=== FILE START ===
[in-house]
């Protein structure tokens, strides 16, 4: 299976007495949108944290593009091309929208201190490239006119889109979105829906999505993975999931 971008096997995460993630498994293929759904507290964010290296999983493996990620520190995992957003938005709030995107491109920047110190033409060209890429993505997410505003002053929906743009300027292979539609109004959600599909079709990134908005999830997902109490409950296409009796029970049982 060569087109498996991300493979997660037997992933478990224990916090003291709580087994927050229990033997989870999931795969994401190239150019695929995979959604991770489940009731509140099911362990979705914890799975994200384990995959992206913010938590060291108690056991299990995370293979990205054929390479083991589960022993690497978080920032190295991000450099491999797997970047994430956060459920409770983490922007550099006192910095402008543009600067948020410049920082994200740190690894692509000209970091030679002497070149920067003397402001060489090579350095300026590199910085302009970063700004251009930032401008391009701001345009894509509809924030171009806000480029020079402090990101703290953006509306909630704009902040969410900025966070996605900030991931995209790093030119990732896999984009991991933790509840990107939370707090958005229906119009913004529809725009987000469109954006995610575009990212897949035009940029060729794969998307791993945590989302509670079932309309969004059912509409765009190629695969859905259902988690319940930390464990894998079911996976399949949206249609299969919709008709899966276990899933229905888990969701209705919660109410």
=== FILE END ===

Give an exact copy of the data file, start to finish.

[in-house]
């Protein structure tokens, strides 16, 4: 299976007495949108944290593009091309929208201190490239006119889109979105829906999505993975999931 971008096997995460993630498994293929759904507290964010290296999983493996990620520190995992957003938005709030995107491109920047110190033409060209890429993505997410505003002053929906743009300027292979539609109004959600599909079709990134908005999830997902109490409950296409009796029970049982 060569087109498996991300493979997660037997992933478990224990916090003291709580087994927050229990033997989870999931795969994401190239150019695929995979959604991770489940009731509140099911362990979705914890799975994200384990995959992206913010938590060291108690056991299990995370293979990205054929390479083991589960022993690497978080920032190295991000450099491999797997970047994430956060459920409770983490922007550099006192910095402008543009600067948020410049920082994200740190690894692509000209970091030679002497070149920067003397402001060489090579350095300026590199910085302009970063700004251009930032401008391009701001345009894509509809924030171009806000480029020079402090990101703290953006509306909630704009902040969410900025966070996605900030991931995209790093030119990732896999984009991991933790509840990107939370707090958005229906119009913004529809725009987000469109954006995610575009990212897949035009940029060729794969998307791993945590989302509670079932309309969004059912509409765009190629695969859905259902988690319940930390464990894998079911996976399949949206249609299969919709008709899966276990899933229905888990969701209705919660109410």